Families fume over deal

Families fume over deal

MASERU – THE families of victims of the army’s brutality are fuming after the government signed a deal with the opposition that will see the prosecution of offenders suspended until after the national reforms. The families told a press conference in Maseru on Tuesday that the suspension of prosecution is a gross injustice.
They fear perpetrators might take advantage of the reform process to evade accountability describing the deal as an unacceptable compromise.
But government spokesman Nthakeng Selinyane said the arrangement only affects Lesotho Congress for Democracy (LCD) leader Mothetjoa Metsing because he skipped the country claiming that his life was in danger.

Part of the provision contained in the 10th clause of the agreement provides that Metsing “and other similar placed persons in exile will not be subjected to any pending criminal proceedings during the dialogue and reform process”.
Many exiles, including politicians, police and army officers skipped the country after the commencement of investigations on their role in several murders between 2012 and 2017.
Metsing’s deputy in the party, former Defence Minister Tšeliso Mokhosi and his driver were accused of having a hand in the murder of Police Constable Mokalekale Khetheng.
The families have argued that the step taken by the government is not only morally wrong but also unconstitutional.

They accuse the government of failing to consult them before entering into the agreement with the opposition.
“We are direct stakeholders in these matters and we demand answers from government to make us understand this injustice if it is possible to comprehend,” said ’Mamphanya Mahao, a representative of the families.

’Mamphanya is the widow of slain Commander of the Lesotho Defence Force, Lieutenant General Maaparankoe Mahao. Mahao was killed by his juniors in 2015.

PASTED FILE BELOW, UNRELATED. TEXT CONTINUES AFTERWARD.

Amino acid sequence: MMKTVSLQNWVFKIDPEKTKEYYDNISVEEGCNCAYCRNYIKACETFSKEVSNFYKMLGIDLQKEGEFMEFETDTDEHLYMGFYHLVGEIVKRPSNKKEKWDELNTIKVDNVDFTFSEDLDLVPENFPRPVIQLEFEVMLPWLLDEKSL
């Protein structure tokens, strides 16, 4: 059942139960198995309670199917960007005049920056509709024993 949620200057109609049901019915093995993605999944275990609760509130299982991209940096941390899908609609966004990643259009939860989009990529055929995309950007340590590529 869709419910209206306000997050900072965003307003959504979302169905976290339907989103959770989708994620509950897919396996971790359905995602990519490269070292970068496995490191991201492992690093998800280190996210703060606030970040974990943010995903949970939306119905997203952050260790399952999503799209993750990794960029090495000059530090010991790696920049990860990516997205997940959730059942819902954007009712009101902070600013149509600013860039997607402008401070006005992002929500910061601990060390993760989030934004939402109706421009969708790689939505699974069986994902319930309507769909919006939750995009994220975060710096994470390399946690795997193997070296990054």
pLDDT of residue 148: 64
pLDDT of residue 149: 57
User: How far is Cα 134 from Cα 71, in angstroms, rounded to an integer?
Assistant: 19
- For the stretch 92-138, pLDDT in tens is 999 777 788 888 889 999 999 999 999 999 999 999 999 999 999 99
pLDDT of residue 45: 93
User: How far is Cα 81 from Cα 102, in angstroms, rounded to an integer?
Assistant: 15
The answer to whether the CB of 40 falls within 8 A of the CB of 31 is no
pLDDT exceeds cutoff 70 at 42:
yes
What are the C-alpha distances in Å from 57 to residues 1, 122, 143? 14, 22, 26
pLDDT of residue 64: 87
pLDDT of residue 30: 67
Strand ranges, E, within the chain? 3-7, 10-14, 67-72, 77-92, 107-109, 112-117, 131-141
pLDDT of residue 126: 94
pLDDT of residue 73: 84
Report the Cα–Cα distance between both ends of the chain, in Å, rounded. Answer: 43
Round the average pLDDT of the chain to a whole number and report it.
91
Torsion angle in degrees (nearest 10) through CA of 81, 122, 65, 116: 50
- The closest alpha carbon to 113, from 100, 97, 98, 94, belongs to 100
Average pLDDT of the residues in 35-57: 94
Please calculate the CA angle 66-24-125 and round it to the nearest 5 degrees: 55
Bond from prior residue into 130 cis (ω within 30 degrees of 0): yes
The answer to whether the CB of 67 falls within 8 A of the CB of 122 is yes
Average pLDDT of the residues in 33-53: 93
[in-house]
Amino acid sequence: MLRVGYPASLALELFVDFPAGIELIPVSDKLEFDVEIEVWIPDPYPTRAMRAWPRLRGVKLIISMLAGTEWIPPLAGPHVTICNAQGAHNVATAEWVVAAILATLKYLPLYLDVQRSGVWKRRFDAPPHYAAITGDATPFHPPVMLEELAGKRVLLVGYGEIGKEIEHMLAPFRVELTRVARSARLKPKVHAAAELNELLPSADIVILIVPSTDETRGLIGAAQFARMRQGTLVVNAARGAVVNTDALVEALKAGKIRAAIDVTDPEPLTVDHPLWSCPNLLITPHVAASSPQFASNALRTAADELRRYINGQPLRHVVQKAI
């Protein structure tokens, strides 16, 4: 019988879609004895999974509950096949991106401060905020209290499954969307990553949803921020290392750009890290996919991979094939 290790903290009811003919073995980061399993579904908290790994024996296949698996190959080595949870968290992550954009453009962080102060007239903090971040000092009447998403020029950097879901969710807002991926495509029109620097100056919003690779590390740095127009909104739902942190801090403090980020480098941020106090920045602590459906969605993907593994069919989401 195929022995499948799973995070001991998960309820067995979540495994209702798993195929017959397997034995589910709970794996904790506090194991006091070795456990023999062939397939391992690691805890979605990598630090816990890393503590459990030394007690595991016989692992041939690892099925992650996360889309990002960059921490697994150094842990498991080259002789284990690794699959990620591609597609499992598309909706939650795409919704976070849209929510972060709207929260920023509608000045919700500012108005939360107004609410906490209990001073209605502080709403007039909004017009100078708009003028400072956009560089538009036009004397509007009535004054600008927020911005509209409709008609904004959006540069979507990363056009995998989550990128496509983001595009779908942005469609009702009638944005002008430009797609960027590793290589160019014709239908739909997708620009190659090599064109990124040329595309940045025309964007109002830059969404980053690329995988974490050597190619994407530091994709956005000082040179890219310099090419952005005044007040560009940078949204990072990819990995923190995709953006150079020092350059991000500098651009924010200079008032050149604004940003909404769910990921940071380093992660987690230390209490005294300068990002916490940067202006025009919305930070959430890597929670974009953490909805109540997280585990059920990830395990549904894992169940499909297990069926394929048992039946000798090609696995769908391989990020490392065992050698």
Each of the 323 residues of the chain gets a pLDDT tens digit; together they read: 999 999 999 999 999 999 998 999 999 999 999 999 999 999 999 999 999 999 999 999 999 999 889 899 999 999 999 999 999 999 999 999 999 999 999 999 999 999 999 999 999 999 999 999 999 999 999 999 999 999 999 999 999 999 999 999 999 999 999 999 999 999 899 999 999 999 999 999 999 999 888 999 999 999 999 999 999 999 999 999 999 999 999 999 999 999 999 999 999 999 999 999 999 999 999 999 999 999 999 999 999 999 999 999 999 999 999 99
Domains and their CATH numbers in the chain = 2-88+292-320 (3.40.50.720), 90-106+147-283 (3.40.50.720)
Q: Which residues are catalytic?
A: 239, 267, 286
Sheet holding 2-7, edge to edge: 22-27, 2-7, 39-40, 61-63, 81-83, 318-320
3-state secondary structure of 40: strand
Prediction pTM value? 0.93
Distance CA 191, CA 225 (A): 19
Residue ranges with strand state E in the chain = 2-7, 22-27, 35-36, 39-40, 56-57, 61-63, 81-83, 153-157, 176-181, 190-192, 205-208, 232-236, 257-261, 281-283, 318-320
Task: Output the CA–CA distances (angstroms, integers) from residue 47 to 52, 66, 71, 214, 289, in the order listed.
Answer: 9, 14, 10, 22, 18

Speaking on behalf of the concerned families, ’Mamphanya pleaded with the government to urgently meet the families to iron out the sticking issues.
The families that have teamed up against the government include that of Mahao, Khetheng, Nteso, Mosole, Matsie, Qobete and Ramahloko.
’Mamphanya said such a meeting could help shed some light on the issue.

“What are the human rights implications on them including ourselves?” queried ’Mamphanya.
She said families have no problem with alleged perpetrators returning home to participate in the reform process as long as justice is not sacrificed.
The families are also concerned about the silence on how the government plans to guarantee that the alleged perpetrators will not tamper with police investigations as well as the security of witnesses to the cases.

“Our fears are that the government neither has security arrangements nor capacity to put in place security measures that will protect our lives and the evidence that link the suspects to the criminal offences,” said ’Mamphanya.
“They may even kill some of us,” she added.

’Mamphanya said the reform process might take longer than 18 months and the outcomes are unknown.
The families want the courts to overturn the decision to suspend prosecution of alleged perpetrators as well as review the agreement between the government and the opposition.
“We feel that suspending these criminal offences challenges the supremacy of the constitution,” ’Mamphanya said.

She said the courts should set aside all unconstitutional agreements signed by the government and the opposition.
“We feel that the decisions or conclusion reached thus far has a direct bearing on judicial independence and violates even Clause 4 of the agreement which puts more emphasis on judicial independence,” ’Mamphanya said.

She clarified that their demand for justice should not be misconstrued as a form of resistance to reforms, but the rreforms should not come at the expense of justice.
Affected families are puzzled that the government and SADC facilitation team led by former South African judge Dikgang Moseneke have chosen to ignore grassroots people affected by the human rights violations.

“We therefore plead with the government to grant us a meeting on (November 7) wherein we propose that we as stakeholders meet with a view to provide clarity and iron out issues,” said ’Mamphanya. The issue of compensation was topical at the press conference. ’Mamphanya accused the government of reneging on its pledges to pay compensation to families that lost relatives during the years of turmoil.

Some of the deceased were sole bread winners in their families yet the government has done nothing to compensate the families, said ’Mamphanya.
She called for the appointment of an independent expert to advise on the issue of compensation.

Majara Molupe

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